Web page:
When I got a tour of the new Mercury 150 FourStroke outboard, the exhaust manifold caught my eye. Its smooth shape is obviously designed to help encourage efficient exhaust flow, and Merc told me its location away from the adaptor plate means less manifold heat radiates into the oil and engine coolant. But I think there’s another reason the manifold is shifted outboard – it leaves room for an exhaust catalyst that will probably be required in the future.

This exhaust manifold looks primed for an external catylyst.

This exhaust manifold looks primed for an external catalyst.

At the Miami International Boat Show last February, the subject of outboard catalysts came up during a media briefing hosted by Mercury. The seminar was intended to be an update on the implementation of catalysts on sterndrive and inboard engines. But when someone asked whether cats for outboards were also in the works, the response came from Kevin Grodzki, president of sales, marketing and commercial operations at Merc. He explained that during the summer of 2011 Mercury would be engaged in outboard catalyst testing sanctioned by the California Air Resources Board (CARB), which is contemplating future emissions regulations for outboards. He said that tighter regulation of outboard emissions were “imminent,” perhaps by 2016, and that meeting those regulations could require a catalyst on at least some outboards. He added, however, that outboard emissions are not currently on the agenda of the federal EPA. So this could just be a California issue, although the EPA has a history of following the lead set by CARB.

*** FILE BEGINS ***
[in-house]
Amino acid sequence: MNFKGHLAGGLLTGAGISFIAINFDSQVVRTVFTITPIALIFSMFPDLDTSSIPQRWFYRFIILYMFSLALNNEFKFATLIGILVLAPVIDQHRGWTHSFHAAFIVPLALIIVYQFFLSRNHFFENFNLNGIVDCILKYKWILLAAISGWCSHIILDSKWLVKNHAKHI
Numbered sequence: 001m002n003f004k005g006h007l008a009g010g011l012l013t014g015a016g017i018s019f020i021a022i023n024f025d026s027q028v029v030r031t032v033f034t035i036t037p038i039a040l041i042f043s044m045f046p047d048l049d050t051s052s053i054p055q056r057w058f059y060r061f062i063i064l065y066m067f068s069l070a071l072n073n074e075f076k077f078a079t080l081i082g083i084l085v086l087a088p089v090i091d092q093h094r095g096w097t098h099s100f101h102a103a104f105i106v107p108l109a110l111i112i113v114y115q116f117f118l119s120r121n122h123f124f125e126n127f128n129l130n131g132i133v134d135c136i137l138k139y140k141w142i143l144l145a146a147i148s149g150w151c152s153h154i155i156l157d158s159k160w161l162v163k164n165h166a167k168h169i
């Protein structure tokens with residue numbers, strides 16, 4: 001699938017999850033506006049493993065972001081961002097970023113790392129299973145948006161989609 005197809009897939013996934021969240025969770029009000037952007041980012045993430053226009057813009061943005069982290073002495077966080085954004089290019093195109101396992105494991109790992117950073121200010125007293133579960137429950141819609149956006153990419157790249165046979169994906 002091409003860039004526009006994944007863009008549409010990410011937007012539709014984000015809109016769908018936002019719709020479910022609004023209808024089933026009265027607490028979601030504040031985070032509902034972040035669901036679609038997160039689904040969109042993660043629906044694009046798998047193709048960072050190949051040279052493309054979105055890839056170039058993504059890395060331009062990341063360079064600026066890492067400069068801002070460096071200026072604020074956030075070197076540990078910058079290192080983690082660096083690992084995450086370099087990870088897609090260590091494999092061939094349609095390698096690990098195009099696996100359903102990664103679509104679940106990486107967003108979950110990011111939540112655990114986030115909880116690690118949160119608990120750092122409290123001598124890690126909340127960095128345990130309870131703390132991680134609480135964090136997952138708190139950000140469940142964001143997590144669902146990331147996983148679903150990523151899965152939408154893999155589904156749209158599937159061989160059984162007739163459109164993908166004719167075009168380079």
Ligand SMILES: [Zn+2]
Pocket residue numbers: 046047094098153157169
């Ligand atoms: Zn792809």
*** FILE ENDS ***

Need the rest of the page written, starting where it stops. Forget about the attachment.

The testing being conducted by Merc would gauge the effect of emissions-reduction equipment on the performance of the motor, the integrity of such a system, and its potential cost. One big challenge, said Grodzki, will be fitting a catalyst under an outboard cowl. He also said that Merc is taking the industry lead on this project because of its experience with development of sterndrive catalysts.

If exhaust catalysts are “imminent” for outboard motors, it makes sense that Merc would plan ahead to accommodate such a system on a new motor. Of course, when I raised the question at the 150 FourStroke walk-around, all I got in reply was smirks and shrugged shoulders. They don’t want to talk about it right now.